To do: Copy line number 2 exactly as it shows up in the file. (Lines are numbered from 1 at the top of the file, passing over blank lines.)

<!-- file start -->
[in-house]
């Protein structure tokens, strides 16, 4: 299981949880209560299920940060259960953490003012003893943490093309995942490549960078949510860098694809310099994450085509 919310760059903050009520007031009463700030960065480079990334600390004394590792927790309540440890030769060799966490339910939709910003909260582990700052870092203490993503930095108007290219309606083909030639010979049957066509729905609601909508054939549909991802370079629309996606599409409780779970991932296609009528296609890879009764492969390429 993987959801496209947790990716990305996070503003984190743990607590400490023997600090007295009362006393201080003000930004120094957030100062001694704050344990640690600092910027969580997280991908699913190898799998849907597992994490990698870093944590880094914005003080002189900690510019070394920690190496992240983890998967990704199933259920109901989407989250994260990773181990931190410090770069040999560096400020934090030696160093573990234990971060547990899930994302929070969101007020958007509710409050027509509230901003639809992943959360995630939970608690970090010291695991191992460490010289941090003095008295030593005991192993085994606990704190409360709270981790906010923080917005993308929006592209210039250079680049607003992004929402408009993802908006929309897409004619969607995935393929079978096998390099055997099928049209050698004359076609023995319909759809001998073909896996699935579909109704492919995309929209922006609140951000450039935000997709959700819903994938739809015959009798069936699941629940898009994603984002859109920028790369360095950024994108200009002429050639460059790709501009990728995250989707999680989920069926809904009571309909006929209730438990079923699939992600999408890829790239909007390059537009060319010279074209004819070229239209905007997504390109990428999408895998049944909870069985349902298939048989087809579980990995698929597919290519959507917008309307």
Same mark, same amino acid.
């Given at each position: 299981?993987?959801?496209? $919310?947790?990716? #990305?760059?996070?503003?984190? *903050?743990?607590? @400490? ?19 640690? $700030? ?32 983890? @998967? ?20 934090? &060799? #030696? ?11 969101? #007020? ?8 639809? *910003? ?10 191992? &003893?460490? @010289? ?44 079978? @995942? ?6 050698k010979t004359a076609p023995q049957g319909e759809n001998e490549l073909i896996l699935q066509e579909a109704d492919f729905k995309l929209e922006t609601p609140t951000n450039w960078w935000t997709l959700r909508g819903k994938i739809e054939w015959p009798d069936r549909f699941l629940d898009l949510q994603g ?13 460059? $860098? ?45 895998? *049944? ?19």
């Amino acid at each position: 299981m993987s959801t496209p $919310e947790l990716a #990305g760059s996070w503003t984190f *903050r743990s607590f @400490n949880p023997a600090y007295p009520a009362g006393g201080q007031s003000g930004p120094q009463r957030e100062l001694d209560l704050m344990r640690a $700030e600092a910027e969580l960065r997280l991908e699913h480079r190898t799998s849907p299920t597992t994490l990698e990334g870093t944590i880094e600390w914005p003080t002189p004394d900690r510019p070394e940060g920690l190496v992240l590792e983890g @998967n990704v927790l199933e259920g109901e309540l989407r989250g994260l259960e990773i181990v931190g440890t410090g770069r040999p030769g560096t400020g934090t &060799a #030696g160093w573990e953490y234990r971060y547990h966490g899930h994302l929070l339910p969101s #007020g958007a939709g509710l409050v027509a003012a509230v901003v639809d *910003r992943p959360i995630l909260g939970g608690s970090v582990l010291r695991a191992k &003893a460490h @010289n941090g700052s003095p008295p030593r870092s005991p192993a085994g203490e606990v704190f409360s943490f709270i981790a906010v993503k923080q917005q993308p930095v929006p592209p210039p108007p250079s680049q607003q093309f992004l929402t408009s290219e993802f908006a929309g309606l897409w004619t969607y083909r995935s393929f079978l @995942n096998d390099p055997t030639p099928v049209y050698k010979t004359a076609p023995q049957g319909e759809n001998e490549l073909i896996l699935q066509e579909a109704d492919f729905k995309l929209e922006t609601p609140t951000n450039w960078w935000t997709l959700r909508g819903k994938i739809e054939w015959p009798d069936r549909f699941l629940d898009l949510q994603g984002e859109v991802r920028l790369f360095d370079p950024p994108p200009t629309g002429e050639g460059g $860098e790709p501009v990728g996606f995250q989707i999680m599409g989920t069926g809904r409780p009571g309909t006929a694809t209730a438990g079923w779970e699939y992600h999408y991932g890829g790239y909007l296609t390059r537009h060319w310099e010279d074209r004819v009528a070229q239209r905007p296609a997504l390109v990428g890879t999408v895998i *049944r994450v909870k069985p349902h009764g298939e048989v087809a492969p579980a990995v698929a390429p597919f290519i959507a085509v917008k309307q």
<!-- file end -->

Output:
């Protein structure tokens, strides 16, 4: 299981949880209560299920940060259960953490003012003893943490093309995942490549960078949510860098694809310099994450085509 919310760059903050009520007031009463700030960065480079990334600390004394590792927790309540440890030769060799966490339910939709910003909260582990700052870092203490993503930095108007290219309606083909030639010979049957066509729905609601909508054939549909991802370079629309996606599409409780779970991932296609009528296609890879009764492969390429 993987959801496209947790990716990305996070503003984190743990607590400490023997600090007295009362006393201080003000930004120094957030100062001694704050344990640690600092910027969580997280991908699913190898799998849907597992994490990698870093944590880094914005003080002189900690510019070394920690190496992240983890998967990704199933259920109901989407989250994260990773181990931190410090770069040999560096400020934090030696160093573990234990971060547990899930994302929070969101007020958007509710409050027509509230901003639809992943959360995630939970608690970090010291695991191992460490010289941090003095008295030593005991192993085994606990704190409360709270981790906010923080917005993308929006592209210039250079680049607003992004929402408009993802908006929309897409004619969607995935393929079978096998390099055997099928049209050698004359076609023995319909759809001998073909896996699935579909109704492919995309929209922006609140951000450039935000997709959700819903994938739809015959009798069936699941629940898009994603984002859109920028790369360095950024994108200009002429050639460059790709501009990728995250989707999680989920069926809904009571309909006929209730438990079923699939992600999408890829790239909007390059537009060319010279074209004819070229239209905007997504390109990428999408895998049944909870069985349902298939048989087809579980990995698929597919290519959507917008309307």